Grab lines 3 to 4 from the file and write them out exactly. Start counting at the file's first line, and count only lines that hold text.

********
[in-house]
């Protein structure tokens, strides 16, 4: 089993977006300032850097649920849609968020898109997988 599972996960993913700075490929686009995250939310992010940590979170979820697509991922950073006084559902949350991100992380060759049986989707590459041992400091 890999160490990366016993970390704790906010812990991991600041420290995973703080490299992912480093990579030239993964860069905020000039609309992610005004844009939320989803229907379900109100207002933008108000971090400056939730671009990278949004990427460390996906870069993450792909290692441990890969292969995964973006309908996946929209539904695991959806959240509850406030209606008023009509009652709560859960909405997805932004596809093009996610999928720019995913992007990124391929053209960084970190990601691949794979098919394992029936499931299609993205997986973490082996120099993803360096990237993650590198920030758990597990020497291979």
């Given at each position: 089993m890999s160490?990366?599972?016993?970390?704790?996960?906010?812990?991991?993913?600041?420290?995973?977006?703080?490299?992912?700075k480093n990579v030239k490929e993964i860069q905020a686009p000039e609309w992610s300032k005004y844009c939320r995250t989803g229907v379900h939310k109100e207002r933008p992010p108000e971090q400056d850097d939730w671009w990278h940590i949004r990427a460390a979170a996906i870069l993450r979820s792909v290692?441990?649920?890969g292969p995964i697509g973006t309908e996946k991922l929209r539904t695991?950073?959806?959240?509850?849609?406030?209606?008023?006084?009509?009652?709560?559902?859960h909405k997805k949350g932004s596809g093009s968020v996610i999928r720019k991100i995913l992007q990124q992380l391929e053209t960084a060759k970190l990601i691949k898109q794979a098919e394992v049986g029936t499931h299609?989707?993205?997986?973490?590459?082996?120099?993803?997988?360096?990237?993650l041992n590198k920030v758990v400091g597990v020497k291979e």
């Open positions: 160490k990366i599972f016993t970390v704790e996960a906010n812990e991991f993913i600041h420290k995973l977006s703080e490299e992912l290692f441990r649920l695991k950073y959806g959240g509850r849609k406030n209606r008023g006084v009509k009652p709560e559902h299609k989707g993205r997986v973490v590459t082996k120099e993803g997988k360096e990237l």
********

């Given at each position: 089993m890999s160490?990366?599972?016993?970390?704790?996960?906010?812990?991991?993913?600041?420290?995973?977006?703080?490299?992912?700075k480093n990579v030239k490929e993964i860069q905020a686009p000039e609309w992610s300032k005004y844009c939320r995250t989803g229907v379900h939310k109100e207002r933008p992010p108000e971090q400056d850097d939730w671009w990278h940590i949004r990427a460390a979170a996906i870069l993450r979820s792909v290692?441990?649920?890969g292969p995964i697509g973006t309908e996946k991922l929209r539904t695991?950073?959806?959240?509850?849609?406030?209606?008023?006084?009509?009652?709560?559902?859960h909405k997805k949350g932004s596809g093009s968020v996610i999928r720019k991100i995913l992007q990124q992380l391929e053209t960084a060759k970190l990601i691949k898109q794979a098919e394992v049986g029936t499931h299609?989707?993205?997986?973490?590459?082996?120099?993803?997988?360096?990237?993650l041992n590198k920030v758990v400091g597990v020497k291979e």
């Open positions: 160490k990366i599972f016993t970390v704790e996960a906010n812990e991991f993913i600041h420290k995973l977006s703080e490299e992912l290692f441990r649920l695991k950073y959806g959240g509850r849609k406030n209606r008023g006084v009509k009652p709560e559902h299609k989707g993205r997986v973490v590459t082996k120099e993803g997988k360096e990237l």